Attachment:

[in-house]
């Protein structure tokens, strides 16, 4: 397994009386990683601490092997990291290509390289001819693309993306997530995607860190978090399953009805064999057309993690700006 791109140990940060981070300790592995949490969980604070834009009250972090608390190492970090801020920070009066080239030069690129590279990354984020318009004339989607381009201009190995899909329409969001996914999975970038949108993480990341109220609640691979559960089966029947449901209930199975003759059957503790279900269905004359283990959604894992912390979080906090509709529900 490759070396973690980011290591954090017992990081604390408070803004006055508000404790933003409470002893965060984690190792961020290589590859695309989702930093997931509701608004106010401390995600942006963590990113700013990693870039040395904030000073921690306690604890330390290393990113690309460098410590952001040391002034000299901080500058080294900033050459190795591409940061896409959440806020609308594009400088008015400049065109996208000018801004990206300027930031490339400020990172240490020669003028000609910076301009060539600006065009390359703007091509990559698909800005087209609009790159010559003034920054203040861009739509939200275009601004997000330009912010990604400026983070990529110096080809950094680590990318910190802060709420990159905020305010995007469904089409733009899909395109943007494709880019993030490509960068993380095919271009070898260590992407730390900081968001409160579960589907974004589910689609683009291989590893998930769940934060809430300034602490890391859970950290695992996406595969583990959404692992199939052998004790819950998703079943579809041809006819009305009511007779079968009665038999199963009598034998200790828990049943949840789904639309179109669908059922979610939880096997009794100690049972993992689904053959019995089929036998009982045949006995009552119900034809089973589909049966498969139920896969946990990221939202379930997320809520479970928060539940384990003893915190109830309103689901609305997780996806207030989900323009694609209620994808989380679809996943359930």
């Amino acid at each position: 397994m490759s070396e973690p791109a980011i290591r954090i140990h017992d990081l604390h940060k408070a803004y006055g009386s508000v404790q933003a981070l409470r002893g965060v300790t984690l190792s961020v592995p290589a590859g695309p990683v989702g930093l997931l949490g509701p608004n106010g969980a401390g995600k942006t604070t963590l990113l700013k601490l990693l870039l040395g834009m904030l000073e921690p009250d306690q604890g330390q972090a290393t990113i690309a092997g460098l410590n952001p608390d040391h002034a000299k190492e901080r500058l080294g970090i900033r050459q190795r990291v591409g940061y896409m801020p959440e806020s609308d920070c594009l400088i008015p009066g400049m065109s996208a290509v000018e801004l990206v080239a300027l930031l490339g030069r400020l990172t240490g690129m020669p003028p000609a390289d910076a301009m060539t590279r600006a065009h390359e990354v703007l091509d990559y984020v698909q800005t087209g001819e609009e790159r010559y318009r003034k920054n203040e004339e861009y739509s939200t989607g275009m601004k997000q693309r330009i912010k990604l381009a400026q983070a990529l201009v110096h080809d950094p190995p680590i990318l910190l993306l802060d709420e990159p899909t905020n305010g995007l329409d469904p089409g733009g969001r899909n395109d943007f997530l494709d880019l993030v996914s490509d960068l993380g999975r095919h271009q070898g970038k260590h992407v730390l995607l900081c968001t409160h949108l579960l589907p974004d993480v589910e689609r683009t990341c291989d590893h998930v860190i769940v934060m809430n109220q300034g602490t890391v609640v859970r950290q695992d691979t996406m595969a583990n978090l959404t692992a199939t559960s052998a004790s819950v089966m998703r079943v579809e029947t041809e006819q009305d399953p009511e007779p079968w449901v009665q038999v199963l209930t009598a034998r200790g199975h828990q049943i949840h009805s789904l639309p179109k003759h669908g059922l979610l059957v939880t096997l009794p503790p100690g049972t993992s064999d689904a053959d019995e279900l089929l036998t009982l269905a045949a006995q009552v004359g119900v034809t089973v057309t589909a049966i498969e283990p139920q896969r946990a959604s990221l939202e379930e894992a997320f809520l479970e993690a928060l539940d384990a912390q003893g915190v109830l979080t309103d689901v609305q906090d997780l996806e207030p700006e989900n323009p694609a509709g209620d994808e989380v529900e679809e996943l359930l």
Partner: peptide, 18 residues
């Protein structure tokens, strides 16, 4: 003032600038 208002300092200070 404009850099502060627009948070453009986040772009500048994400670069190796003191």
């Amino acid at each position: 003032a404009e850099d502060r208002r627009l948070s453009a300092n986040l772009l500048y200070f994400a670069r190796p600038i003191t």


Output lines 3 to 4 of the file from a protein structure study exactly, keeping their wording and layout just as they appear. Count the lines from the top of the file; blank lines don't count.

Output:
């Amino acid at each position: 397994m490759s070396e973690p791109a980011i290591r954090i140990h017992d990081l604390h940060k408070a803004y006055g009386s508000v404790q933003a981070l409470r002893g965060v300790t984690l190792s961020v592995p290589a590859g695309p990683v989702g930093l997931l949490g509701p608004n106010g969980a401390g995600k942006t604070t963590l990113l700013k601490l990693l870039l040395g834009m904030l000073e921690p009250d306690q604890g330390q972090a290393t990113i690309a092997g460098l410590n952001p608390d040391h002034a000299k190492e901080r500058l080294g970090i900033r050459q190795r990291v591409g940061y896409m801020p959440e806020s609308d920070c594009l400088i008015p009066g400049m065109s996208a290509v000018e801004l990206v080239a300027l930031l490339g030069r400020l990172t240490g690129m020669p003028p000609a390289d910076a301009m060539t590279r600006a065009h390359e990354v703007l091509d990559y984020v698909q800005t087209g001819e609009e790159r010559y318009r003034k920054n203040e004339e861009y739509s939200t989607g275009m601004k997000q693309r330009i912010k990604l381009a400026q983070a990529l201009v110096h080809d950094p190995p680590i990318l910190l993306l802060d709420e990159p899909t905020n305010g995007l329409d469904p089409g733009g969001r899909n395109d943007f997530l494709d880019l993030v996914s490509d960068l993380g999975r095919h271009q070898g970038k260590h992407v730390l995607l900081c968001t409160h949108l579960l589907p974004d993480v589910e689609r683009t990341c291989d590893h998930v860190i769940v934060m809430n109220q300034g602490t890391v609640v859970r950290q695992d691979t996406m595969a583990n978090l959404t692992a199939t559960s052998a004790s819950v089966m998703r079943v579809e029947t041809e006819q009305d399953p009511e007779p079968w449901v009665q038999v199963l209930t009598a034998r200790g199975h828990q049943i949840h009805s789904l639309p179109k003759h669908g059922l979610l059957v939880t096997l009794p503790p100690g049972t993992s064999d689904a053959d019995e279900l089929l036998t009982l269905a045949a006995q009552v004359g119900v034809t089973v057309t589909a049966i498969e283990p139920q896969r946990a959604s990221l939202e379930e894992a997320f809520l479970e993690a928060l539940d384990a912390q003893g915190v109830l979080t309103d689901v609305q906090d997780l996806e207030p700006e989900n323009p694609a509709g209620d994808e989380v529900e679809e996943l359930l």
Partner: peptide, 18 residues